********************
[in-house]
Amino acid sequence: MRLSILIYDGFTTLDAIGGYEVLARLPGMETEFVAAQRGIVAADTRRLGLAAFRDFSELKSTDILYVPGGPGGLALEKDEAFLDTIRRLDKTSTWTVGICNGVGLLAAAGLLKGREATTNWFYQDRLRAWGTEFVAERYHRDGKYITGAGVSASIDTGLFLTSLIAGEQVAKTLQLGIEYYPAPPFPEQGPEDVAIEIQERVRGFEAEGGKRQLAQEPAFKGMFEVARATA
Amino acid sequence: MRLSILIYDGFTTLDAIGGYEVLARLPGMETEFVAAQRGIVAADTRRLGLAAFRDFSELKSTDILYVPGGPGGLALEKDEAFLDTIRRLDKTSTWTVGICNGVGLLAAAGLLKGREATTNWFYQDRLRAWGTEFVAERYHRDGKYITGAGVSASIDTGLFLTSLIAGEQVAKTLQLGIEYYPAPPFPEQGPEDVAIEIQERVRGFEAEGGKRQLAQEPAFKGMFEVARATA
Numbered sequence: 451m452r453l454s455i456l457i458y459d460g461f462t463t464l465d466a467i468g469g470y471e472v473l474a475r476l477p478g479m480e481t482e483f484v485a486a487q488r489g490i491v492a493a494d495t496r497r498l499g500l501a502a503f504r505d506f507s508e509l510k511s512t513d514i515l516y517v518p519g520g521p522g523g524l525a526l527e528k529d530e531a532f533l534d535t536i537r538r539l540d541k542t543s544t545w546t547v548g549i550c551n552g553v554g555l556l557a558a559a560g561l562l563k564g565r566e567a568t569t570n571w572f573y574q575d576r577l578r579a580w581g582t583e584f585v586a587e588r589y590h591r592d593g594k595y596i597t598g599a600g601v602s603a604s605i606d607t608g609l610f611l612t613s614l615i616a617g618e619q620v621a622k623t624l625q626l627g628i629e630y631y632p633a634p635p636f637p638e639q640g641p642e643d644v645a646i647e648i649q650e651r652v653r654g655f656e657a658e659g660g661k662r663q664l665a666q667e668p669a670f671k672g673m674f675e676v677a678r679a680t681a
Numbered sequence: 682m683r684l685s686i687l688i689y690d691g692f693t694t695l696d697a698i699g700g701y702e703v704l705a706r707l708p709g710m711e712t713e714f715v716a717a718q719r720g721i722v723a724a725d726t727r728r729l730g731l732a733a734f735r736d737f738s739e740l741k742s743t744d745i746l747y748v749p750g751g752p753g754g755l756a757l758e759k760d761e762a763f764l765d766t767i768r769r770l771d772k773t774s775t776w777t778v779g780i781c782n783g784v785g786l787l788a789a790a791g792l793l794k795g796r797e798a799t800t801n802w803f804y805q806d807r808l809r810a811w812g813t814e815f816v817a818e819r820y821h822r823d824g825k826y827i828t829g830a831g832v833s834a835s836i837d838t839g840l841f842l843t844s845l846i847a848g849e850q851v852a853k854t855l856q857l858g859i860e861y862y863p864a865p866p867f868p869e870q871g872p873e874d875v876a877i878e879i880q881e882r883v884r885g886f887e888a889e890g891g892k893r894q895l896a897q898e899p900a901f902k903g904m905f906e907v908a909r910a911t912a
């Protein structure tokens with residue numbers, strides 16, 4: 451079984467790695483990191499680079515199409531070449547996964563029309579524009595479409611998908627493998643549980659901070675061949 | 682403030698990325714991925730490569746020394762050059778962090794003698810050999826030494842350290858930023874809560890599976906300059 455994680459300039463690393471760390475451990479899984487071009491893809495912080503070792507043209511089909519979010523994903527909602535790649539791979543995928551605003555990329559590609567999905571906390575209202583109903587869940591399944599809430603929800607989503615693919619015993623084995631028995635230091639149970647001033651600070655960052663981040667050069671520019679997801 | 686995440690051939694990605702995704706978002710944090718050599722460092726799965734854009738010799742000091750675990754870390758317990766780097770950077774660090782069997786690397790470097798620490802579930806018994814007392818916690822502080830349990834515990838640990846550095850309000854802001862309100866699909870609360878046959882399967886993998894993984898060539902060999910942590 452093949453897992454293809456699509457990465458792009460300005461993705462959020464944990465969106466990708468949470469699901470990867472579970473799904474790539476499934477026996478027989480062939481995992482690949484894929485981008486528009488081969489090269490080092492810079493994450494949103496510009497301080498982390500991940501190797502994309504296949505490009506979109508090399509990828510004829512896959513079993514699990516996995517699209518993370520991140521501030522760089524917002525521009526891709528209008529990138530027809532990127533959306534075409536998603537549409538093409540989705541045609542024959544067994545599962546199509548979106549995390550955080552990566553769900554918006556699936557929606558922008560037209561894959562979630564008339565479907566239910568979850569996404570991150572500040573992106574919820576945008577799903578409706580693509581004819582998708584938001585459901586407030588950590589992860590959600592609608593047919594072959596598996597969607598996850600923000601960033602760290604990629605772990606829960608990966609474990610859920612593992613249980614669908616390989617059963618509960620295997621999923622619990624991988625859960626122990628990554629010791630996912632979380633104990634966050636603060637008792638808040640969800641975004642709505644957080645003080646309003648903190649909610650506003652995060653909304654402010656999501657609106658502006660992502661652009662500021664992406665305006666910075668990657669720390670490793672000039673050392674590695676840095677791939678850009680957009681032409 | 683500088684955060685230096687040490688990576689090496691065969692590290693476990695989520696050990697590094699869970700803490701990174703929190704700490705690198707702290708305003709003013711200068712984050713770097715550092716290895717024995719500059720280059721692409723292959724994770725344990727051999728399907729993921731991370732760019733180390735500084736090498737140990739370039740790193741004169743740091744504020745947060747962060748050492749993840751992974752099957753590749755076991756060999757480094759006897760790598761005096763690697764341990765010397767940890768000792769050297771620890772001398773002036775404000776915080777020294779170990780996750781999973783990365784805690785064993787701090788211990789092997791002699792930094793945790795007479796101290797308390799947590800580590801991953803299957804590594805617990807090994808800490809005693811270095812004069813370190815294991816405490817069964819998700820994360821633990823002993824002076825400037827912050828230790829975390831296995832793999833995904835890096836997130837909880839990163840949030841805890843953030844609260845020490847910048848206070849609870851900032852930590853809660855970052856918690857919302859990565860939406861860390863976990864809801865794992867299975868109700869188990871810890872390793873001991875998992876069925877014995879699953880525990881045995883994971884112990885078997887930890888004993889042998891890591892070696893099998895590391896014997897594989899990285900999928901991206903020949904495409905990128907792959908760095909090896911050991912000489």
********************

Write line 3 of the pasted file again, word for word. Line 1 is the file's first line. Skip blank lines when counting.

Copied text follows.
Amino acid sequence: MRLSILIYDGFTTLDAIGGYEVLARLPGMETEFVAAQRGIVAADTRRLGLAAFRDFSELKSTDILYVPGGPGGLALEKDEAFLDTIRRLDKTSTWTVGICNGVGLLAAAGLLKGREATTNWFYQDRLRAWGTEFVAERYHRDGKYITGAGVSASIDTGLFLTSLIAGEQVAKTLQLGIEYYPAPPFPEQGPEDVAIEIQERVRGFEAEGGKRQLAQEPAFKGMFEVARATA